This May, as Ryan Zinke heads off to the Department of the Interior, Montana will be holding yet another election. That’s two elections in six months — which is a real burden on our county pocketbooks. Elections are expensive and special off-season elections are known to have low turnouts.

But our county clerks thought of a creative and logical solution – giving counties the option to use mail-in ballots. It would save a little money and ensure we all still had a chance to cast our votes.

They asked the state legislature to pass a bill that would support this smart approach, but it was shot down on the House floor.


It wasn’t shot down because of money. Let’s be clear, This bill would potentially save the state as much as $750,000. That was the whole point of doing this!

And it wasn’t shot down because of logistics. In the last election, 69 percent of the Montana state legislators used mail-in ballots. Even our legislators — you know, the ones who just killed this bill — know how well mail-in ballots work.

The bill gives decision making power to counties. If Flathead or Missoula county wanted to use mail-in ballots, it could. If other counties wanted to have polling places, they could.

This bill was actually shot down because some Republicans thought it would hurt their chances at the ballot box. State Senator Jeff Essmann, the Chairman of the Montana Republican Party, said as much in an email:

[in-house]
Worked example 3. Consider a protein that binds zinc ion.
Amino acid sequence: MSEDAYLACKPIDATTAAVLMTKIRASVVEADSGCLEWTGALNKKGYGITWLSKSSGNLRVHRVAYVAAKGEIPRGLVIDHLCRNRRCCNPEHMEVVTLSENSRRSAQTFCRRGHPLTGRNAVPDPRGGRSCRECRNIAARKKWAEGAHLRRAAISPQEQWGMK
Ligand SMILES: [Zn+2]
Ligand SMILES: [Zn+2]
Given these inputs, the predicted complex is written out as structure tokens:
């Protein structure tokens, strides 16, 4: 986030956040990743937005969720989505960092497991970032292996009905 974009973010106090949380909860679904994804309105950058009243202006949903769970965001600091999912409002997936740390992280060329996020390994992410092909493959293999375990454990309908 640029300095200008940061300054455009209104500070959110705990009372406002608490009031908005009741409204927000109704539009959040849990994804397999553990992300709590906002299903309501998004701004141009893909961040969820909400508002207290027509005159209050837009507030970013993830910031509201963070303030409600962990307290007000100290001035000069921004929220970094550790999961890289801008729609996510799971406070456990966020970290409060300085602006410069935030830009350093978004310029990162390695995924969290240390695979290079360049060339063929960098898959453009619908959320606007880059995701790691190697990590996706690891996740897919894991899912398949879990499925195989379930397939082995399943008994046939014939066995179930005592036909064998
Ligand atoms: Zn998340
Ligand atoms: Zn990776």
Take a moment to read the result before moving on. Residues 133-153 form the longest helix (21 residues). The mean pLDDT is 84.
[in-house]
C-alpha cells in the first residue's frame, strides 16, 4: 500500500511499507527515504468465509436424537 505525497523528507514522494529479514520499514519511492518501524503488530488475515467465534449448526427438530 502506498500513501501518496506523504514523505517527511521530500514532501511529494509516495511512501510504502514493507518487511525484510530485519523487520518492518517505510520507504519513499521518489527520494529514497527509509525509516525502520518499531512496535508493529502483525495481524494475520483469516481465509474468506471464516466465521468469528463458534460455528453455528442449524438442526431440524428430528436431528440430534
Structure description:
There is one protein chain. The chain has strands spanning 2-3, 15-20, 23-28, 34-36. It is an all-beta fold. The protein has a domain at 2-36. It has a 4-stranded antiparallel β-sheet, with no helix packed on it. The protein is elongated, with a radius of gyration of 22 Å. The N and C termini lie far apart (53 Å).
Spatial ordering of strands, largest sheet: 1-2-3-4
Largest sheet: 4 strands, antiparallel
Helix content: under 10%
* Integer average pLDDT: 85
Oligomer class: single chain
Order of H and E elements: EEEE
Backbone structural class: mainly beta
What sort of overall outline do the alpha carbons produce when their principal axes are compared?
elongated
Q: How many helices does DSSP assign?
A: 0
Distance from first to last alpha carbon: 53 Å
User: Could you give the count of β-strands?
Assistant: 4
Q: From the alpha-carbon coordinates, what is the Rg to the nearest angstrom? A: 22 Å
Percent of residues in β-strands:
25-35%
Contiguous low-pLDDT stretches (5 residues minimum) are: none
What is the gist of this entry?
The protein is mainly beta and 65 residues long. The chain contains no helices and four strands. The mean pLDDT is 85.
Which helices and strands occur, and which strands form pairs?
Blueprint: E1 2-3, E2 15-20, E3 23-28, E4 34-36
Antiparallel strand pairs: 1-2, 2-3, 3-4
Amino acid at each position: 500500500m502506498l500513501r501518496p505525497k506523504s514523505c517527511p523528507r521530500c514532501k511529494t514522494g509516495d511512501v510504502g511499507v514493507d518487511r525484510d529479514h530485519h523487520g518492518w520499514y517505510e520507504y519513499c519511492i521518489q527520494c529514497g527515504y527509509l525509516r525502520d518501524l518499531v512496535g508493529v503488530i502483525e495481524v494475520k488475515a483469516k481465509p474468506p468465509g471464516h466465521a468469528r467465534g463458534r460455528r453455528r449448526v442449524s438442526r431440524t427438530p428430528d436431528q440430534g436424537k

“This bill could be the death of [our] effort to make Montana a reliably Republican state.”

Sen. Jeff Essmann

Secretary of State Corey Stapleton, a Republican whose office oversees the statewide election process, also opposed the bill saying that mail ballots are a convenience for the young generation.

Secretary of State Corey Stapleton

Our counties already have enough roads, refuse, weeds, and fires to worry about. The last thing they need is politicians rigging the system for their own self-interest at the expense of local taxpayers.

We’re not that scary. We just want our freedom maintained, our voices heard, and our votes to count. That seems like a pretty reasonable expectation.